The Whites Are Enemies of Heaven: Climate Caucasianism and Asian Ecological Protection
The Whites Are Enemies of Heaven: Climate Caucasianism and Asian Ecological Protection

The Whites Are Enemies of Heaven: Climate Caucasianism and Asian Ecological Protection

by Mark W. Driscoll

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Overview

In The Whites Are Enemies of Heaven Mark W. Driscoll examines nineteenth-century Western imperialism in Asia and the devastating effects of "climate caucasianism"—the white West's pursuit of rapacious extraction at the expense of natural environments and people of color conflated with them. Drawing on an array of primary sources in Chinese, Japanese, and French, Driscoll reframes the Opium Wars as "wars for drugs" and demonstrates that these wars to unleash narco- and human traffickers kickstarted the most important event of the Anthropocene: the military substitution of Qing China's world-leading carbon-neutral economy for an unsustainable Anglo-American capitalism powered by coal. Driscoll also reveals how subaltern actors, including outlaw societies and dispossessed samurai groups, became ecological protectors, defending their locales while driving decolonization in Japan and overthrowing a millennia of dynastic rule in China. Driscoll contends that the methods of these protectors resonate with contemporary Indigenous-led movements for environmental justice.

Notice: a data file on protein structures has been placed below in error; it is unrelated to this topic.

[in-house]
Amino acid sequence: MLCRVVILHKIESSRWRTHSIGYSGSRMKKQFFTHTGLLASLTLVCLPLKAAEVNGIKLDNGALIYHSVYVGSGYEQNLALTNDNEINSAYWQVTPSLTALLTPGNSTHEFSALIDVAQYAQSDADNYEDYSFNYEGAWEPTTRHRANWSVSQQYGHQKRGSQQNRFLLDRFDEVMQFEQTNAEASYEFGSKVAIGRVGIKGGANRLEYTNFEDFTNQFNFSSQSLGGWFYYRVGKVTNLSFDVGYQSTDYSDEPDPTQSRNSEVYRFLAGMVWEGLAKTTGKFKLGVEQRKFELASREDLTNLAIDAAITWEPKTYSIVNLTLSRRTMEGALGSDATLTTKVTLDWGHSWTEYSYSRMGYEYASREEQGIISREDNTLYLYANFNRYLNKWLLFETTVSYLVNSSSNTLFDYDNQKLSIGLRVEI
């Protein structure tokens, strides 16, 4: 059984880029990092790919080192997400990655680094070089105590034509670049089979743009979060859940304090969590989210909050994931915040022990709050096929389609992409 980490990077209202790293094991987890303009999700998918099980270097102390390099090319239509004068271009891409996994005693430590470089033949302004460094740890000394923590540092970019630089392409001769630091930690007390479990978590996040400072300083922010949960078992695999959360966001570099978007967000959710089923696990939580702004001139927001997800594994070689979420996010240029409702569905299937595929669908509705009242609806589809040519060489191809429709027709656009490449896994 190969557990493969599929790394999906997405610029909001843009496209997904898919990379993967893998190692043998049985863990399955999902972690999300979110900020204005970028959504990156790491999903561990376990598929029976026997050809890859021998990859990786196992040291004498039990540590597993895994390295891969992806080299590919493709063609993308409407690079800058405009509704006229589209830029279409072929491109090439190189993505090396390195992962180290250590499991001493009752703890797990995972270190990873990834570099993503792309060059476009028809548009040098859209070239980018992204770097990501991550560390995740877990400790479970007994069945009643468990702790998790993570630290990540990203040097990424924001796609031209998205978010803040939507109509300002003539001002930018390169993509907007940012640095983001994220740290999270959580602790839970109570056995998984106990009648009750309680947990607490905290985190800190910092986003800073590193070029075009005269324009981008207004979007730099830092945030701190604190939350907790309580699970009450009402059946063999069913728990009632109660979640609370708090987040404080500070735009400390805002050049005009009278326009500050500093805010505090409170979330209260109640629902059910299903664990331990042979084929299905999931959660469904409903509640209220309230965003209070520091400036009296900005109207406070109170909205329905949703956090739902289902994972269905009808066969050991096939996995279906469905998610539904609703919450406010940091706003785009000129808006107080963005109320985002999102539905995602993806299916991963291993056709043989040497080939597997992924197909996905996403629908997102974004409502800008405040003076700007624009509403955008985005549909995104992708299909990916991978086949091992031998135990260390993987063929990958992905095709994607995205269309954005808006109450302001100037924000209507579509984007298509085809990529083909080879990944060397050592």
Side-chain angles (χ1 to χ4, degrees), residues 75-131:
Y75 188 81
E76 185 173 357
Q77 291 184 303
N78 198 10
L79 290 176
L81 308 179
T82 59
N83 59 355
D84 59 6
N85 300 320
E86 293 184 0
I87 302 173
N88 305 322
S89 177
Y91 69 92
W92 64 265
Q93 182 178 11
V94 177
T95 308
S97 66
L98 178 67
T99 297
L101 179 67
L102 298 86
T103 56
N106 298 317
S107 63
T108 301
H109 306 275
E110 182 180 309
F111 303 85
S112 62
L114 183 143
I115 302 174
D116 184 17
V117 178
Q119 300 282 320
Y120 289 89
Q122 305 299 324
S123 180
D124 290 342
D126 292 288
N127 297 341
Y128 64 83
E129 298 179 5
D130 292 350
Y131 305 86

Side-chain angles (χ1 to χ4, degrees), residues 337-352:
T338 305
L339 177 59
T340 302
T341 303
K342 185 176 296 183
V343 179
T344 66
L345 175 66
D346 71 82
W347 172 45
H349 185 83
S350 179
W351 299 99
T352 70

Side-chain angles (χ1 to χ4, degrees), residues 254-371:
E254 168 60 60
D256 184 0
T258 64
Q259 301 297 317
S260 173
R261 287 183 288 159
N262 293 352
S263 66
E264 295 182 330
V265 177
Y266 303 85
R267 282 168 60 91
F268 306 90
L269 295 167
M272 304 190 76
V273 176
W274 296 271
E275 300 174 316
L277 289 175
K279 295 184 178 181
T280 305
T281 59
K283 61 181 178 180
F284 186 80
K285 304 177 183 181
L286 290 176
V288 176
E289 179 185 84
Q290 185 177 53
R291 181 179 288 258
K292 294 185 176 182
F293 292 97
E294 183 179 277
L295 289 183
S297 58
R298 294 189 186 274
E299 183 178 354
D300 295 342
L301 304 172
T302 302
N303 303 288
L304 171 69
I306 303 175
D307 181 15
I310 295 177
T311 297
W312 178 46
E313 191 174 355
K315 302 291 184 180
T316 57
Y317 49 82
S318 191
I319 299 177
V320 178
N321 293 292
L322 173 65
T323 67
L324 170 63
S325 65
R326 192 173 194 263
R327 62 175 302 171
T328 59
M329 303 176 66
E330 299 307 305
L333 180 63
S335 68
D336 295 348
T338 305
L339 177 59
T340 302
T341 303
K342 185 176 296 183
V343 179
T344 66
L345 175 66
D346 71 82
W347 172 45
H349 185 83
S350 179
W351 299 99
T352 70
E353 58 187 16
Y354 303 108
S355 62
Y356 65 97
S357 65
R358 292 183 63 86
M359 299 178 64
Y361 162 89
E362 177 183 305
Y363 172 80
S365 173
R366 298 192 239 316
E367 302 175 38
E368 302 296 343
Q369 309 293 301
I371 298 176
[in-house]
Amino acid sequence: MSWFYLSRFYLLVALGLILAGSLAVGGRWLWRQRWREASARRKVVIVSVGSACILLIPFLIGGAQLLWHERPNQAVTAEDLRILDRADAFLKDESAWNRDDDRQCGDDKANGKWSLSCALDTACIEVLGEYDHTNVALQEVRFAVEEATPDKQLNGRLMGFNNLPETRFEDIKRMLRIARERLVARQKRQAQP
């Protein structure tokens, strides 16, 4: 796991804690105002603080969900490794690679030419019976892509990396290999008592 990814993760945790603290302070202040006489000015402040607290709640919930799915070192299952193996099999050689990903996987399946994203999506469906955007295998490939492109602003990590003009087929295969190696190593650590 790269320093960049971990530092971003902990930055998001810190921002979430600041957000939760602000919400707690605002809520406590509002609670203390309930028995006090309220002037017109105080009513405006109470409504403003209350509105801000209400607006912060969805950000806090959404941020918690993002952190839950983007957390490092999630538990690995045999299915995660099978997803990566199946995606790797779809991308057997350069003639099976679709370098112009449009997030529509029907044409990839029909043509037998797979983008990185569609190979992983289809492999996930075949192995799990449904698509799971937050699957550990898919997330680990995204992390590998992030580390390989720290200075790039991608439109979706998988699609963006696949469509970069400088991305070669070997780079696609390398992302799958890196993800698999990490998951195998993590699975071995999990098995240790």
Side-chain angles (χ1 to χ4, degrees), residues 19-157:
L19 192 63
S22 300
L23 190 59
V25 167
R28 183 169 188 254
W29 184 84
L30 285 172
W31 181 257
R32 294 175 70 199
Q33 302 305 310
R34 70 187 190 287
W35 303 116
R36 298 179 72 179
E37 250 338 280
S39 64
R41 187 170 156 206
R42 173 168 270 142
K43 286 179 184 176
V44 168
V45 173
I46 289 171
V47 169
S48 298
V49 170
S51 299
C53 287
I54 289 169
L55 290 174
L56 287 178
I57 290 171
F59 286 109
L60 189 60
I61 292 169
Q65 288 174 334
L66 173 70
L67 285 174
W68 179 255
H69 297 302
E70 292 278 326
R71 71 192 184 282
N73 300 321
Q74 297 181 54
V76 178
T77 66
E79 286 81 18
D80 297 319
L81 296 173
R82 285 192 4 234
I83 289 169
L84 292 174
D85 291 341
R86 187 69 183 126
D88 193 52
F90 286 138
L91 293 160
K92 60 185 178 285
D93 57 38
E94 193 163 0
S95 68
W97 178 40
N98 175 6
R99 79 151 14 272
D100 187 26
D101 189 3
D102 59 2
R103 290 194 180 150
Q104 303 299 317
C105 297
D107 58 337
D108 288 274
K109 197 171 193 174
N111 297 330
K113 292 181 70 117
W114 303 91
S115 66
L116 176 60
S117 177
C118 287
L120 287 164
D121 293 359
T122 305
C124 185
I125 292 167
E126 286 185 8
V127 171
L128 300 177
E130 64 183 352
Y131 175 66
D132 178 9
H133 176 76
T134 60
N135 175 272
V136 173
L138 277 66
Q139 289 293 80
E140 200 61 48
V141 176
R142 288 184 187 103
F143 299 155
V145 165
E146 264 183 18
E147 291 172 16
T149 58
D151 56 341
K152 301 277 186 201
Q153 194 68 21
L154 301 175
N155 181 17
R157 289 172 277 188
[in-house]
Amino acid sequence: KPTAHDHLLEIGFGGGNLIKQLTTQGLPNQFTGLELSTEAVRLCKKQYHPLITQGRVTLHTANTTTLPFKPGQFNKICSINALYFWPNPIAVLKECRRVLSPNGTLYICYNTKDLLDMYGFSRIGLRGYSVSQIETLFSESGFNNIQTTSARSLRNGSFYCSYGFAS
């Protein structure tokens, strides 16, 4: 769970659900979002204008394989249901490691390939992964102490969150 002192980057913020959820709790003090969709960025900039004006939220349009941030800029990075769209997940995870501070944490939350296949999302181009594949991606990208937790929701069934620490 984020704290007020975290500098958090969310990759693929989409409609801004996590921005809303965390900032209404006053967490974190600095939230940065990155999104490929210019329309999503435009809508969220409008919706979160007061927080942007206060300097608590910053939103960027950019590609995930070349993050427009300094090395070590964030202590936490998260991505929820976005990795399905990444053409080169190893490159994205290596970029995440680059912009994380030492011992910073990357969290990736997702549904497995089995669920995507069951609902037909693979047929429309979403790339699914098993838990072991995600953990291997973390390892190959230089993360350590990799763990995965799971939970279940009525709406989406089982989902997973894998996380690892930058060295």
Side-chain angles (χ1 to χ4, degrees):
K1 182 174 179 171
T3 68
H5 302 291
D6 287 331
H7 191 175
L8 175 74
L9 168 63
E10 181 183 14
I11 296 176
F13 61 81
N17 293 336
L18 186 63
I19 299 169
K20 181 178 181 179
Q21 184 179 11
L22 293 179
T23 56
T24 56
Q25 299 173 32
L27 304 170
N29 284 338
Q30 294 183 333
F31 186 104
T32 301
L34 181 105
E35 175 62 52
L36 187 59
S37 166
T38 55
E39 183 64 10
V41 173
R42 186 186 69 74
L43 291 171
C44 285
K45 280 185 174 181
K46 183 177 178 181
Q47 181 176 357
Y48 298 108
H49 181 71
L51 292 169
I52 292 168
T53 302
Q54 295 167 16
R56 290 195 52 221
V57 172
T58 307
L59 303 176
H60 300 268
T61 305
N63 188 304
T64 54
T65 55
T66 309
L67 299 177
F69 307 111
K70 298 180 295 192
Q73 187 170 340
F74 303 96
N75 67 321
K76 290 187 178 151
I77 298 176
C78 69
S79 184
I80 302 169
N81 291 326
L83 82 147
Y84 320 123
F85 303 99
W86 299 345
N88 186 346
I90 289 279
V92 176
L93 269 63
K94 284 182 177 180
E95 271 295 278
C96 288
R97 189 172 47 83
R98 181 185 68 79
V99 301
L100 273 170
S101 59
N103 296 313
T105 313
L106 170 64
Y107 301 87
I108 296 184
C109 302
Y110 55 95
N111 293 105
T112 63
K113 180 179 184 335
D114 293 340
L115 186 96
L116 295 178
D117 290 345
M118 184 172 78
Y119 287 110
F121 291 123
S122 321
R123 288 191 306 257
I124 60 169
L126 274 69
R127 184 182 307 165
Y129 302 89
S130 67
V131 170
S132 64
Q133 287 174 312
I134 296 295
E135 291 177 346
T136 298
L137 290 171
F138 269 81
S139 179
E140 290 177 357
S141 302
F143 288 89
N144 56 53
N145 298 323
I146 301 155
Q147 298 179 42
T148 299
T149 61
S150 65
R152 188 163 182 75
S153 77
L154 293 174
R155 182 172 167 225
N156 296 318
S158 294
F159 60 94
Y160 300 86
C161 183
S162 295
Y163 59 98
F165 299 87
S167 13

Product Details

ISBN-13: 9781478012740
Publisher: Duke University Press
Publication date: 11/09/2020
Sold by: Barnes & Noble
Format: NOOK Book
Pages: 379
File size: 20 MB
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About the Author

Mark W. Driscoll is Professor of East Asian Studies at the University of North Carolina, Chapel Hill. He is author of Absolute Erotic, Absolute Grotesque: The Living, Dead, and Undead in Japanese Imperialism, 1895–1945, and the editor and translator of "Kannani" and "Document of Flames": Two Japanese Colonial Novels, both also published by Duke University Press.

Table of Contents

List of Illustrations
Preface and Acknowledgments  ix
Introduction. The Speed Race(r) and the Stopped, Incarce-Races  xiii
1. J-hād against "Gorge-Us" White Men  47
2. Ecclesiastical Superpredators  85
Intertext I. White Dude's Burden (The Indifference That Makes a Difference)  131
3. Queer Parenting  137
4. Levelry and Revelry (Inside the Gelaohui Opium Room)  171
Intertext II. Madame Butterfly and "Negro Methods" in China  209
5. Last Samurai/First Extractive Capitalist  223
6. Blow (Opium Smoke) back: The Third War for Drugs in Sichuan  255
Conclusion. "Undermining" China and Beyond Climate Caucasianism  299
Notes  311
Bibliography  325
Index

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